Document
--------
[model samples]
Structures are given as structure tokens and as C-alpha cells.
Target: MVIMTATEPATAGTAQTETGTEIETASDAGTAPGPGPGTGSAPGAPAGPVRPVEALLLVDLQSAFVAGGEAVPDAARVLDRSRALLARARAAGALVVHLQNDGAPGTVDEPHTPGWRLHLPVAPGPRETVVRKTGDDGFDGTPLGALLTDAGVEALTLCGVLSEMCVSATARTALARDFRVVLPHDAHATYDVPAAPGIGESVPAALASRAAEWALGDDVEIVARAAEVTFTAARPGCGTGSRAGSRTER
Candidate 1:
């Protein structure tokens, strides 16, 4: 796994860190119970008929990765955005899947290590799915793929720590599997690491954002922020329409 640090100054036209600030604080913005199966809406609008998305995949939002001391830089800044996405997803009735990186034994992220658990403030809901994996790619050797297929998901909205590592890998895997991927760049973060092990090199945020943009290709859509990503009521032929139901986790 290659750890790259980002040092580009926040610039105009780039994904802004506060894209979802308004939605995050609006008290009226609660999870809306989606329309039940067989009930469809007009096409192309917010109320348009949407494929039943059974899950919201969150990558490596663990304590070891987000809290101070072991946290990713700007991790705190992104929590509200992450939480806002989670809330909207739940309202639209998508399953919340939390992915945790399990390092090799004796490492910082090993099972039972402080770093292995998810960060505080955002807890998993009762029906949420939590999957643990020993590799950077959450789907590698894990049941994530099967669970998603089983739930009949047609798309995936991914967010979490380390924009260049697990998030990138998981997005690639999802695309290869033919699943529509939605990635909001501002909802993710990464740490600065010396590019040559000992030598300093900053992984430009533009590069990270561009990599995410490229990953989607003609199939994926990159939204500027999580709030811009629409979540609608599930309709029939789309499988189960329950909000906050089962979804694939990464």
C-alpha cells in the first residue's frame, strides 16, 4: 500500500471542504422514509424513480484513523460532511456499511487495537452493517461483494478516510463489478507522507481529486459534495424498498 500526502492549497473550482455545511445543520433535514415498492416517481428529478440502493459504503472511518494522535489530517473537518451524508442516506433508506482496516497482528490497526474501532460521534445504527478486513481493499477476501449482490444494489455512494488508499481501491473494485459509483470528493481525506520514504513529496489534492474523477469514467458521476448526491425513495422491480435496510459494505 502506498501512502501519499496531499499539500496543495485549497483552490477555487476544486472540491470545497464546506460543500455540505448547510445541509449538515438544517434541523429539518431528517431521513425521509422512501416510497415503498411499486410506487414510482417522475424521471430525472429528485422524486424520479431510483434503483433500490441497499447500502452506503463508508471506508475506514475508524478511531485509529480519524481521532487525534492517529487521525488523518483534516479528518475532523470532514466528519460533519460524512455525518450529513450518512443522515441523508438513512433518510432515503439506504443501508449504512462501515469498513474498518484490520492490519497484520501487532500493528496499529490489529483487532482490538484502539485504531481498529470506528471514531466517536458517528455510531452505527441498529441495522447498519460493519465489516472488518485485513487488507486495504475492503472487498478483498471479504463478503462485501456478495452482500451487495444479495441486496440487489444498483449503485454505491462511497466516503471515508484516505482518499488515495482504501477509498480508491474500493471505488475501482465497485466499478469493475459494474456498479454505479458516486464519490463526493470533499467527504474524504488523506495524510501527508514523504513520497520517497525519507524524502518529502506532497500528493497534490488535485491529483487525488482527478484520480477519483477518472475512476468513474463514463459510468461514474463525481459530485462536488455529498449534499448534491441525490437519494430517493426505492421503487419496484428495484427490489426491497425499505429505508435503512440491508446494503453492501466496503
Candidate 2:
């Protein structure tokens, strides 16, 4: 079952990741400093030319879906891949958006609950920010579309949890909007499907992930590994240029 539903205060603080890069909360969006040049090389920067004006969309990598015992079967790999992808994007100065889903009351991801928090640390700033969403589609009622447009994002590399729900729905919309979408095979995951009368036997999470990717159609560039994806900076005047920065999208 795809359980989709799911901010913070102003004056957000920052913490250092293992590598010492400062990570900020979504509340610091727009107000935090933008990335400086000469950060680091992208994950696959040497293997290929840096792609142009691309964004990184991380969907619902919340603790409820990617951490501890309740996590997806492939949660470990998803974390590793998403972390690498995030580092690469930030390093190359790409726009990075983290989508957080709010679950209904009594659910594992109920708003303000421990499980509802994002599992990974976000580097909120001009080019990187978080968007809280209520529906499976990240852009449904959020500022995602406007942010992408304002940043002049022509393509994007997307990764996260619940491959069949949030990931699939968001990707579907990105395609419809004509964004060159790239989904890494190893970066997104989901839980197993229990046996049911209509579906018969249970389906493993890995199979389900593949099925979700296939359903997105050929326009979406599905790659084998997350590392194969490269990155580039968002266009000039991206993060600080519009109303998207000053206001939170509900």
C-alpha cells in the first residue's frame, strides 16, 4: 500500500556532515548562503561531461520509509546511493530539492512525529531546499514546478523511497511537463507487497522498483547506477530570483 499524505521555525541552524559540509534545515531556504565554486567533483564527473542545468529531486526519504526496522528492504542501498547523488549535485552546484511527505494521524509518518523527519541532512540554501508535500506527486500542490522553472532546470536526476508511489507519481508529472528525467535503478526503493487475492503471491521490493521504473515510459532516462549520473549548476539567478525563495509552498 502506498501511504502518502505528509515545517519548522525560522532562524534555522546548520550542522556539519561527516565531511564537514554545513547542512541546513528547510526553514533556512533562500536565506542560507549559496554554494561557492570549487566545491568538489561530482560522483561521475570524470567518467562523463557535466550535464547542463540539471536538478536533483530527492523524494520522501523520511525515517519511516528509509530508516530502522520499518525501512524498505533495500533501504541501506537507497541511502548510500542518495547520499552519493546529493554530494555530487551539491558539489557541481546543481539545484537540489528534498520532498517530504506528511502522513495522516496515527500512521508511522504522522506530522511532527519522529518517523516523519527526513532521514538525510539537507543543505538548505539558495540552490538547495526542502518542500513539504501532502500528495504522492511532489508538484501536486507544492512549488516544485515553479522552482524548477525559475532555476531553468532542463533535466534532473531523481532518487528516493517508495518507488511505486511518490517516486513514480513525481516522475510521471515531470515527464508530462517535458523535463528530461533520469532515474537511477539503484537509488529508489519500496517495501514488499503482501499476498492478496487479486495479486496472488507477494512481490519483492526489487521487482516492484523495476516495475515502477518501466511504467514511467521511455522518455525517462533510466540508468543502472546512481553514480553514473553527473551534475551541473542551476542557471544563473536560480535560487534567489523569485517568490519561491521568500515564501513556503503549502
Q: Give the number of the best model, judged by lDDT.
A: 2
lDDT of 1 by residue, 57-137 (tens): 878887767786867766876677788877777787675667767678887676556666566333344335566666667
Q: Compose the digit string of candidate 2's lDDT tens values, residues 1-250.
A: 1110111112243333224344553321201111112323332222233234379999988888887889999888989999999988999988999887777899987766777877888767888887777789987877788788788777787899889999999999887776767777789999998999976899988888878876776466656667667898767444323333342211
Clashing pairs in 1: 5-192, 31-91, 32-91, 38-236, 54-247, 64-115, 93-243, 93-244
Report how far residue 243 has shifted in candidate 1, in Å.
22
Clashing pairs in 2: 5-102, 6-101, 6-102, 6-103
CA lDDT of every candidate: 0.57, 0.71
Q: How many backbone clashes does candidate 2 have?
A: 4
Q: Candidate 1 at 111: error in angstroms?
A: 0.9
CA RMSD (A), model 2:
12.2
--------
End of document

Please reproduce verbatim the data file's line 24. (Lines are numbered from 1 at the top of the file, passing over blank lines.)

CA RMSD (A), model 2: